Posted by on March 15, 2019

In a densely populated city like Toronto, many people use elevators to access floors in high rise buildings such as apartment buildings, condos, and offices. Sometimes, these elevator trips are during busy times when we are crammed with others. Other times – early mornings, late nights at the office – we are by ourselves or with one or two other people
Here is a small sample of elevator assaults in the Greater Toronto Area (GTA)


• On August 26, 2013, a man cut off an elderly woman’s nose in an elevator near the Yonge Dundas intersection.
• On April 29, 2015, a man sexually assaulted a woman riding the elevator in a building in the Bellamy Road and Eglinton Avenue area around 6:45 p.m.
• On Tuesday, Aug. 29, 2017, a woman and suspect were both in the elevator of an apartment building in the Don Mills Road and Sheppard Avenue area at roughly 6 p.m. He sexually assaulted the woman as she left the elevator then fled the scene.

Elevators offer assailants two main advantages. One is confined space that limits your options to avoid and escape. A small space also limits your capacity to assess and react. The other advantage is isolation. Other people cannot come to your immediate aid.

Here are 6 general tips around elevator safety.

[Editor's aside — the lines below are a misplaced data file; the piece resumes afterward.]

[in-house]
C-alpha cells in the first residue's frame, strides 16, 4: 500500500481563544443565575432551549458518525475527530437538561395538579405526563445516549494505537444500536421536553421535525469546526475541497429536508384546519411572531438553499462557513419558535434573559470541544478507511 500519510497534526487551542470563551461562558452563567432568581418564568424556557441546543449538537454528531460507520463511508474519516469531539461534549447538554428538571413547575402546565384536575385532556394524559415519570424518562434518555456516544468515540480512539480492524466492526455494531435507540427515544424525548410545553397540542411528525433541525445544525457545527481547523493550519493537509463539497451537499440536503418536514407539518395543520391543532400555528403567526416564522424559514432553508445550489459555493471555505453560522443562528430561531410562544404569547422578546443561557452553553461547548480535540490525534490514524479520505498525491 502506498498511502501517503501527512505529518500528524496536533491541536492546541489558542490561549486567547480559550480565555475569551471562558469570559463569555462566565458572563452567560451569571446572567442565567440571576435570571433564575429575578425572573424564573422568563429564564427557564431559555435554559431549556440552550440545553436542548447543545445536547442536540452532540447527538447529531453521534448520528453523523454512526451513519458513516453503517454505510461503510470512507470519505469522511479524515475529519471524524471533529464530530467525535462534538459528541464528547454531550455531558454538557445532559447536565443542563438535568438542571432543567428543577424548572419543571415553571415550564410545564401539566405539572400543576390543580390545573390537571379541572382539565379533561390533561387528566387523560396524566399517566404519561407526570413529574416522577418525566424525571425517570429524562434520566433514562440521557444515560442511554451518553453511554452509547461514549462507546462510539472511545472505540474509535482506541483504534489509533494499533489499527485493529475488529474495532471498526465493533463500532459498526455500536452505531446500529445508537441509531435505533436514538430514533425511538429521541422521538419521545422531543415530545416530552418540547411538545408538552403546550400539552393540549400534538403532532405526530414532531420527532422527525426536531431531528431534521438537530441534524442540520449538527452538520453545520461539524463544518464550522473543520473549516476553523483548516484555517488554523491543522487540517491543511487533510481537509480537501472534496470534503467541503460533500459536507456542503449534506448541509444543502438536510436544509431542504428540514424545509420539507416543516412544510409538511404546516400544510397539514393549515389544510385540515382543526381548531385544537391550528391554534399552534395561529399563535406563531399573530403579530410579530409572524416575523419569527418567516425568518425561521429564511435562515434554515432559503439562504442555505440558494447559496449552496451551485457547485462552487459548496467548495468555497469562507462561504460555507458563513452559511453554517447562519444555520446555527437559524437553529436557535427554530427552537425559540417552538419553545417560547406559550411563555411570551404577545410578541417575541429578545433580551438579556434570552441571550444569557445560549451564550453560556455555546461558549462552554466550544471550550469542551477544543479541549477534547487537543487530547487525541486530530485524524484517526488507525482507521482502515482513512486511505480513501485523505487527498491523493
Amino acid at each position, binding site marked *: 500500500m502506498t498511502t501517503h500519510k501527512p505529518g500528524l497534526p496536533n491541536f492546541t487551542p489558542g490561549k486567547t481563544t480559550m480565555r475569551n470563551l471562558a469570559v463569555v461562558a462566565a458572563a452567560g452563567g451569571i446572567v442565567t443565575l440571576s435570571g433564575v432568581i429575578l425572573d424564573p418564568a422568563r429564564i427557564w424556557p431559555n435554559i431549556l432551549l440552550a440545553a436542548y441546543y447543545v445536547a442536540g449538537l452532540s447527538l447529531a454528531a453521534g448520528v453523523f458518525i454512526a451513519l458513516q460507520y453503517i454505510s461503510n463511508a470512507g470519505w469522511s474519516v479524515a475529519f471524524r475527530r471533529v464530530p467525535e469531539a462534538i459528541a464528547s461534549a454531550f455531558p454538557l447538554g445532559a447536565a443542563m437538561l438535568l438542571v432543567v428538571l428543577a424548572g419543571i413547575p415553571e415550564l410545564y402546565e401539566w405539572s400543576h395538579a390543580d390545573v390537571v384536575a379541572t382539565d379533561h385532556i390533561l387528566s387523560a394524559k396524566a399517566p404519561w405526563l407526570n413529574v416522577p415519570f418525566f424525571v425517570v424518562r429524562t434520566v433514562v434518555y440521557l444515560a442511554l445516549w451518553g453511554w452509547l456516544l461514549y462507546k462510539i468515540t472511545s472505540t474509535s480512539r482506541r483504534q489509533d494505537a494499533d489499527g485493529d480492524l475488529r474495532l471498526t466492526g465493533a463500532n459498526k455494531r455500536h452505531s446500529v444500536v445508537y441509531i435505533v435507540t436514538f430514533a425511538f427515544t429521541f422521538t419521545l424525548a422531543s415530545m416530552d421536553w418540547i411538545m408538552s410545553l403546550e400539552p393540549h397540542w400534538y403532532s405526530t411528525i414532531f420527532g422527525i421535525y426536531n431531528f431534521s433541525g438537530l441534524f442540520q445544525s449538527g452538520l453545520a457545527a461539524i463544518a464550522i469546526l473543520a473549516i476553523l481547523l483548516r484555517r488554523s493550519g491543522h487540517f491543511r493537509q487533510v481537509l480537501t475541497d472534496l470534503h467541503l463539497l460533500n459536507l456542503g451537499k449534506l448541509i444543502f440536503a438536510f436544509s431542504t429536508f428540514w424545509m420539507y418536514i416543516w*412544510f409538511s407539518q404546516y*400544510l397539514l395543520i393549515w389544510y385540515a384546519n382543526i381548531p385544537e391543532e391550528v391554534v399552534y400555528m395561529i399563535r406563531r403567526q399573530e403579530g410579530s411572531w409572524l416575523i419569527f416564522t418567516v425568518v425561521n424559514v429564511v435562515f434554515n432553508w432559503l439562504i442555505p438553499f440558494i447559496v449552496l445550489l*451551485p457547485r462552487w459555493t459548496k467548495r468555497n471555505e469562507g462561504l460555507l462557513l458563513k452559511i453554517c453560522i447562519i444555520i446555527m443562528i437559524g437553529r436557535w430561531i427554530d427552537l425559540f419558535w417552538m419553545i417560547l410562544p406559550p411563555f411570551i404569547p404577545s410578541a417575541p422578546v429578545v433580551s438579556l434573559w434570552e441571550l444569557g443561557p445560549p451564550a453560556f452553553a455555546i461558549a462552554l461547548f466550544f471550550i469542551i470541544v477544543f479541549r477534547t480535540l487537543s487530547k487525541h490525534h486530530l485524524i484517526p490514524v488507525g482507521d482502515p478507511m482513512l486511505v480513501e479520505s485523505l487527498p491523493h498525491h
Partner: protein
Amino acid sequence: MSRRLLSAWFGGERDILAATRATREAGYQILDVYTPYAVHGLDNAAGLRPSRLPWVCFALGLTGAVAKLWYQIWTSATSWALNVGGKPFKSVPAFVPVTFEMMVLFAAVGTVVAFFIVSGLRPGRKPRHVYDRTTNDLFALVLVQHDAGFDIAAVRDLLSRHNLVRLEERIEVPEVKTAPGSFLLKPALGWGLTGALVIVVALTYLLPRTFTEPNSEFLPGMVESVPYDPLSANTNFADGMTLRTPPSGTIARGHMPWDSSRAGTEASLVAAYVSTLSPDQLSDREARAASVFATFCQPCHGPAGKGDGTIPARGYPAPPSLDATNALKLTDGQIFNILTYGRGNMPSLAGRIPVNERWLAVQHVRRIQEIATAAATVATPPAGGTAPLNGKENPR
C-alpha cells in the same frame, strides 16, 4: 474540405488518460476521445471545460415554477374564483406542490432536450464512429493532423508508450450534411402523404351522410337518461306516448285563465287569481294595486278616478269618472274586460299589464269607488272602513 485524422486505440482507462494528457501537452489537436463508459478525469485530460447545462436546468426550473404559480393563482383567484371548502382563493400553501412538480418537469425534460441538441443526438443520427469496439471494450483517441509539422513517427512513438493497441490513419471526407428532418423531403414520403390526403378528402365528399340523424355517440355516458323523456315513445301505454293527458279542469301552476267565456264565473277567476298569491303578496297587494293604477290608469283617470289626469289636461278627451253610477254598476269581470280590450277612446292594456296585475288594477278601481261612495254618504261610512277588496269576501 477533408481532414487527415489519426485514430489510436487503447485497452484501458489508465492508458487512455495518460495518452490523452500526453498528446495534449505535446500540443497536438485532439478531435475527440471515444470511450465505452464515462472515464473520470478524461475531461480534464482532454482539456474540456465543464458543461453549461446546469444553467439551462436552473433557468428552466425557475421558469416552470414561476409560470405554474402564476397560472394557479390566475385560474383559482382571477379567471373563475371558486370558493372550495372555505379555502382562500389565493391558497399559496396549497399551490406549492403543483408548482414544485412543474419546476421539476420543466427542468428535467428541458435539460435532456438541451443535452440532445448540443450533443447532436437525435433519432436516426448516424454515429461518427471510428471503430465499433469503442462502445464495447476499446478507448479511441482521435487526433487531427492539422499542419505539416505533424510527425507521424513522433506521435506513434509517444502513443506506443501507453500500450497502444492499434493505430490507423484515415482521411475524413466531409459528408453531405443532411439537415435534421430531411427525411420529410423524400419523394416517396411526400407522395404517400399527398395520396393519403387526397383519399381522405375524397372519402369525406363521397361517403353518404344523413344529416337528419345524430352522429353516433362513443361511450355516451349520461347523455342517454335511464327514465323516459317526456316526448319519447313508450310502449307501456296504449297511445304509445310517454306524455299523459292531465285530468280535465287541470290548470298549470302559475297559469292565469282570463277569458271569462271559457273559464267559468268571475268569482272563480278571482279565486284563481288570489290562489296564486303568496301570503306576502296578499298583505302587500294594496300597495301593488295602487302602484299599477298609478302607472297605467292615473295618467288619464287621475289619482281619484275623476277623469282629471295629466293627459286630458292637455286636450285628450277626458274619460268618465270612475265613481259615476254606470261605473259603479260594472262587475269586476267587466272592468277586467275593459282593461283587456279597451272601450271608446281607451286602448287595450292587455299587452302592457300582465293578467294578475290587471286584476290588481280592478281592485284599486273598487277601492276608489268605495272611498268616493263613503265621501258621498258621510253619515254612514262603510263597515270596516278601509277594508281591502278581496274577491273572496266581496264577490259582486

1. Look before entering an elevator. Do not enter if there is someone on the elevator who makes you nervous. Follow your gut!
  2. Be aware of who gets on the elevator. Again, if you feel nervous or uneasy, get off the elevator.
  3. If you can stand near the control panel with your back against the side wall (to see everyone).
  4. Try not to be distracted. If you are on your phone you are hindering your situational awareness.
  5. Observe where people are placing their hands. Are they visible, in their pockets, behind their back?
  6. Keep your hands free. Sometimes it is difficult to not be loaded down by groceries, briefcases etc.. but do your best.

Lastly, if you are taking self-defense classes ask your self-defense instructor to train to defend in closed/confined spaces. We would prefer to avoid such scenarios but even the best trained can be surprised. Better to be prepared.

Image by Robert Allmann from Pixabay

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